Ukraine's Democracy Is Increasingly Rare Light in Ex-Soviet Bloc

By Weir, Fred | The Christian Science Monitor, October 1, 2007 | Go to article overview

Ukraine's Democracy Is Increasingly Rare Light in Ex-Soviet Bloc


Weir, Fred, The Christian Science Monitor


Some grumbled, but most Ukrainians went willingly to the polls Sunday to take part in a civic exercise that's become increasingly rare in most parts of the former Soviet Union - free, open, and truly competitive elections.

Many voters leaving Kiev polling stations expressed frustration with the political stalemate between the Moscow-friendly "Blue" party of Prime Minister Viktor Yanukovich and the pro-Western "Orange" parties led by President Viktor Yushchenko and former Prime Minister Yulia Tymoshenko, which persists despite four elections in the past three years.

But some insisted they'd rather keep casting ballots than see order imposed upon them from above. "It's our politicians we're disillusioned with, not democracy," said Lyudmilla Smirnova, a pensioner.

Despite many nagging problems, Ukraine's fledgling democracy remains a splash of brightness in a region where the lights are slowly fading out. With the exception of the three ex-Soviet Baltic states, which became full members of the European Union in 2004, most republics of the former USSR have drifted backward in recent years, abandoning experimental democracies for varying hues of authoritarianism.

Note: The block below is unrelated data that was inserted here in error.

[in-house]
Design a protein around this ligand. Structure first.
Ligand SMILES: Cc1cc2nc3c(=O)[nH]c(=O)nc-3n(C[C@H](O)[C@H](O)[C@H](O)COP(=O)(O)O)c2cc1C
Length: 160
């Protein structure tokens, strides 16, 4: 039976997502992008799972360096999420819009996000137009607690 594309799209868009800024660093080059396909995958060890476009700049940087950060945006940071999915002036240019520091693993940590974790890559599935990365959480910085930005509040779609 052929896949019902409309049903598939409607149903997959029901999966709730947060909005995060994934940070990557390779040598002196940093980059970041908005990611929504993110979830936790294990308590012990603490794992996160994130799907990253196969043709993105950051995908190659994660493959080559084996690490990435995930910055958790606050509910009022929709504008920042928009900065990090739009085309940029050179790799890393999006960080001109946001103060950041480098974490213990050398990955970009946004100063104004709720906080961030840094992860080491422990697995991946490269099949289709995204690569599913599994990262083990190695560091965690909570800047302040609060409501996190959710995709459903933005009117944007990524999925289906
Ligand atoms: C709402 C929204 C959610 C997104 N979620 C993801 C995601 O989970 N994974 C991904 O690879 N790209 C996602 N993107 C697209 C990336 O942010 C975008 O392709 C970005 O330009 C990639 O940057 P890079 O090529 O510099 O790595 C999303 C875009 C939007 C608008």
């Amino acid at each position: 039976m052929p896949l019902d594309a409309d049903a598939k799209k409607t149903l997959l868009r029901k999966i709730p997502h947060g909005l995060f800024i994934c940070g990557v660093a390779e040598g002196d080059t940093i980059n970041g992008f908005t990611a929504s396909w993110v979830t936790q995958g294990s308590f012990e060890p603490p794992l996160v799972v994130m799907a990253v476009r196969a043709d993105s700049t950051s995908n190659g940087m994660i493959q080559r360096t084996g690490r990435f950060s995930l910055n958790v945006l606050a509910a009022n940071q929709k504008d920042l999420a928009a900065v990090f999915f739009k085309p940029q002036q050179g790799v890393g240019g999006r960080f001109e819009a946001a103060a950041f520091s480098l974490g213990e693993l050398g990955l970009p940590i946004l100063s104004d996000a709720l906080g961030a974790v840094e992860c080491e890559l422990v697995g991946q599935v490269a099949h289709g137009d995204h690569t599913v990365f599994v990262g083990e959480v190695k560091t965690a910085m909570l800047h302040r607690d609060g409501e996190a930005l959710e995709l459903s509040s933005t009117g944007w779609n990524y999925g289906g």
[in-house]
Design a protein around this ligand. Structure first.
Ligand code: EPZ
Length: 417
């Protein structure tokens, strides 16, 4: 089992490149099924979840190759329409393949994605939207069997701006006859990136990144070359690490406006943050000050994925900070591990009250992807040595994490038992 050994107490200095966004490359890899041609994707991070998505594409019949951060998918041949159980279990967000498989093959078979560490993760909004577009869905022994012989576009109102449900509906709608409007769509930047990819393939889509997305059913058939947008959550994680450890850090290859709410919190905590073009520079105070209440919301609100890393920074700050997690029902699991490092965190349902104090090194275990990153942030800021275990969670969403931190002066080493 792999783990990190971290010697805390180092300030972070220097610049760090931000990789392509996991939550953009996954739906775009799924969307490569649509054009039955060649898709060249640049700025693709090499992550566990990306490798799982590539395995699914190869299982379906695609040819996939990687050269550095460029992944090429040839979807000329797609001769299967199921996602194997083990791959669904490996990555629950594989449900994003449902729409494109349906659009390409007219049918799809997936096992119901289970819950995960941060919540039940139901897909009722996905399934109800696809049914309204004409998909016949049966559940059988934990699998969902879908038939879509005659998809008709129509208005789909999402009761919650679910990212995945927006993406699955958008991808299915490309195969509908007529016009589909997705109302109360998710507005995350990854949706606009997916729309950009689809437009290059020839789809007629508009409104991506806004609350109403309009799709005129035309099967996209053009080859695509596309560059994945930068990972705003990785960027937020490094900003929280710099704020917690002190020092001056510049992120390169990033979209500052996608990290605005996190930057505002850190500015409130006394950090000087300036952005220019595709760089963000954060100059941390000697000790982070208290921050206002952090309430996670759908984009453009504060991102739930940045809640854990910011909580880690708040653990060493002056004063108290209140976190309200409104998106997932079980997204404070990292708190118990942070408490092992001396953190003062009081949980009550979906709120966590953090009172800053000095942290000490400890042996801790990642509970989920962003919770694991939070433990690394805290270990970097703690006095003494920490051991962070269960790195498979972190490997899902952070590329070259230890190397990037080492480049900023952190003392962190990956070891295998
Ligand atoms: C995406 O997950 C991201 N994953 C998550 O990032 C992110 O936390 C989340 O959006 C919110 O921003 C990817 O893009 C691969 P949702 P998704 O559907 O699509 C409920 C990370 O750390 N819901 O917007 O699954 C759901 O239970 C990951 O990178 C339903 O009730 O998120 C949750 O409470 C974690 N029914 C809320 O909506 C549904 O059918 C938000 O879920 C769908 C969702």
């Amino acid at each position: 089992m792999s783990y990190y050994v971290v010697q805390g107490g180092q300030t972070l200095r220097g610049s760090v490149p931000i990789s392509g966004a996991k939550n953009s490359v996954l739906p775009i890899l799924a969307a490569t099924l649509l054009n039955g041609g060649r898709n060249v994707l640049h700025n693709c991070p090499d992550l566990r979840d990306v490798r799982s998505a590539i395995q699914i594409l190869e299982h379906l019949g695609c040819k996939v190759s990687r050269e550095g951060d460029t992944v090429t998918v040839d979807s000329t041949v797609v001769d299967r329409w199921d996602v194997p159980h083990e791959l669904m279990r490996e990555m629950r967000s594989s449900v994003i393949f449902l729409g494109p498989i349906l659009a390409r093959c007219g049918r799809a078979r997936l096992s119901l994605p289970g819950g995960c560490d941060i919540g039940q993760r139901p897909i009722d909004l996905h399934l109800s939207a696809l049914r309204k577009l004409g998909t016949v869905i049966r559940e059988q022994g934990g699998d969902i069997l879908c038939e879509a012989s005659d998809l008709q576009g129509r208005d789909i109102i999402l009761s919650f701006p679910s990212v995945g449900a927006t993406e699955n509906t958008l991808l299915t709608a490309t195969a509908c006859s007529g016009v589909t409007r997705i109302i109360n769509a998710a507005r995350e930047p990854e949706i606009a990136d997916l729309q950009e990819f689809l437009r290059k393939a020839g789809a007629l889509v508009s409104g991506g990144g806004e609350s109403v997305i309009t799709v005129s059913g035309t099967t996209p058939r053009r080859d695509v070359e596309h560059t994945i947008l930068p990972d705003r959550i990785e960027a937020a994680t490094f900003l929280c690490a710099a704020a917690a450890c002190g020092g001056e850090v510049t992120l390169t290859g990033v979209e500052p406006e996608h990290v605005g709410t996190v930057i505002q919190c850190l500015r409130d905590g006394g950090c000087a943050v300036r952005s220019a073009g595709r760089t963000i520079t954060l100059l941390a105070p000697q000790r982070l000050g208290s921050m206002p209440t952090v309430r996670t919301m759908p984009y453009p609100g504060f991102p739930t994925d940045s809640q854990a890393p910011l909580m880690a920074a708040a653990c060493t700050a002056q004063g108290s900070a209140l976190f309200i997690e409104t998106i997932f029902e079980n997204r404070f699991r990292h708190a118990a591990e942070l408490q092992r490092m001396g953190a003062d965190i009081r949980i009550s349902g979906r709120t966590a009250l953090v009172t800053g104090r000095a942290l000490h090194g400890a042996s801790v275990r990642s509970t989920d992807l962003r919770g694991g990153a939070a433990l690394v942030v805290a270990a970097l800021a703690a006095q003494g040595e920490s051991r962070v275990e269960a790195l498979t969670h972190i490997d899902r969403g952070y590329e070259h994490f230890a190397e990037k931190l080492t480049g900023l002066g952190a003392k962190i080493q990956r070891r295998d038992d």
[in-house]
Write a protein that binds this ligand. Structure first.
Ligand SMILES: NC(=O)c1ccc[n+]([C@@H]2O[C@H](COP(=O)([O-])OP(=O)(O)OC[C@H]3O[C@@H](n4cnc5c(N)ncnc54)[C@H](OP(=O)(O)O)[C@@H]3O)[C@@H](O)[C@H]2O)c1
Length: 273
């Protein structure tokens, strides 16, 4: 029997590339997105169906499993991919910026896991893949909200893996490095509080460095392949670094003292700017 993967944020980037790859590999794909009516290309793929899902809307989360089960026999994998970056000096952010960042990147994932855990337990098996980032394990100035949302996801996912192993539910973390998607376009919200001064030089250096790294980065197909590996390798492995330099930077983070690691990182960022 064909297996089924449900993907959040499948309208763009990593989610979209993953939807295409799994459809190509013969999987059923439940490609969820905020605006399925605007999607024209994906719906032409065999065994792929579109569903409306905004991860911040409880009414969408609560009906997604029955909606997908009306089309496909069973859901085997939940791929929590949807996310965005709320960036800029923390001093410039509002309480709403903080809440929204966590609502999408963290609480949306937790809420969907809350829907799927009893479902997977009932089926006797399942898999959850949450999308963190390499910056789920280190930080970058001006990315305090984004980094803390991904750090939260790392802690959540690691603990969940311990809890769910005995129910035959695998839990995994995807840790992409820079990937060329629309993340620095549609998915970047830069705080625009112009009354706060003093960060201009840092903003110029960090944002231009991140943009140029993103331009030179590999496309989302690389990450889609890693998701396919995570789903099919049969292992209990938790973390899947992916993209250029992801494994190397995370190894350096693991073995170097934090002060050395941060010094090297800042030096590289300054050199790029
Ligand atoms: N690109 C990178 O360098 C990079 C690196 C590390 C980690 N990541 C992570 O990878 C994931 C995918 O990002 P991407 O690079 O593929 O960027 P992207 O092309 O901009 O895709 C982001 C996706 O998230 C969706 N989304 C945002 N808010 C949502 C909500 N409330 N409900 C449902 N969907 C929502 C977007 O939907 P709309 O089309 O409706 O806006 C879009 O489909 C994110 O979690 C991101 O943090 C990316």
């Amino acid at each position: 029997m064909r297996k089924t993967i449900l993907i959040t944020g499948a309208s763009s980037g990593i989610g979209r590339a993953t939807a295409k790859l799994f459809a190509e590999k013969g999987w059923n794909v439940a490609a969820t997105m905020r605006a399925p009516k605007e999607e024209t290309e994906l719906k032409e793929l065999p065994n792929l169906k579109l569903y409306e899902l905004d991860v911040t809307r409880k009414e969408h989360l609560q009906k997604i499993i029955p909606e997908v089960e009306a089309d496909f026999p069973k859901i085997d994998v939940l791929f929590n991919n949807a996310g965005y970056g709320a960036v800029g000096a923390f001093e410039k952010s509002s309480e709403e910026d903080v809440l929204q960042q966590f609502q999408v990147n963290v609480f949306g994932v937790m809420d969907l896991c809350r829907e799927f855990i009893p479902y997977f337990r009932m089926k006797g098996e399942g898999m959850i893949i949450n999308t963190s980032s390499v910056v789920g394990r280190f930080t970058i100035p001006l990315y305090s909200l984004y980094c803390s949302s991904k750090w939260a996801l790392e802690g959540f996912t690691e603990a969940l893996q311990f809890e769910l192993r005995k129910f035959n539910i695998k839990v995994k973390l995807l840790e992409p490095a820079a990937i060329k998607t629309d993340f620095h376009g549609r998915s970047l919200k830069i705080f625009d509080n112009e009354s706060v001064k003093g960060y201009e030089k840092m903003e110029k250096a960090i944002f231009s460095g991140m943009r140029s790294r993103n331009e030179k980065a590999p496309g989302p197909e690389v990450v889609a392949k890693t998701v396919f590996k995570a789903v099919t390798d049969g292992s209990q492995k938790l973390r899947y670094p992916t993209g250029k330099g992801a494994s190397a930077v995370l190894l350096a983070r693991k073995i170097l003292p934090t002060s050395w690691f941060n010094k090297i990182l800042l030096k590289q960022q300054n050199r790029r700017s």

"Ukraine is more democratic than most other parts of the former Soviet Union," says Vitaly Kulik, director of the independent Civil Society Studies Center in Kiev. "It's far more open, and our civil society develops in an unfettered way. Ukraine's sorrow is that democracy has turned into a source of permanent political crisis."

Increasing authoritarianism in other ex-Soviet states

Russia, the giant neighbor that still exercises great influence over Ukraine, has turned to a system of "managed democracy" under the intensely popular President Vladimir Putin, which has produced prosperity and order but severely circumscribed civil liberties and democratic choices.

"Russia is basically an authoritarian state now, with highly centralized power and most decisionmaking concentrated in the hands of one man," says Masha Lipman, an expert with the Carnegie Center in Moscow. "If we define democracy as public participation, political competition, and government accountability, then Russia no longer qualifies as a democracy."

Next door, Belarus is run as a virtual fiefdom of President Alexander Lukashenko, who was overwhelmingly elected to a third term last year in what international observers judged to be rigged polls. …

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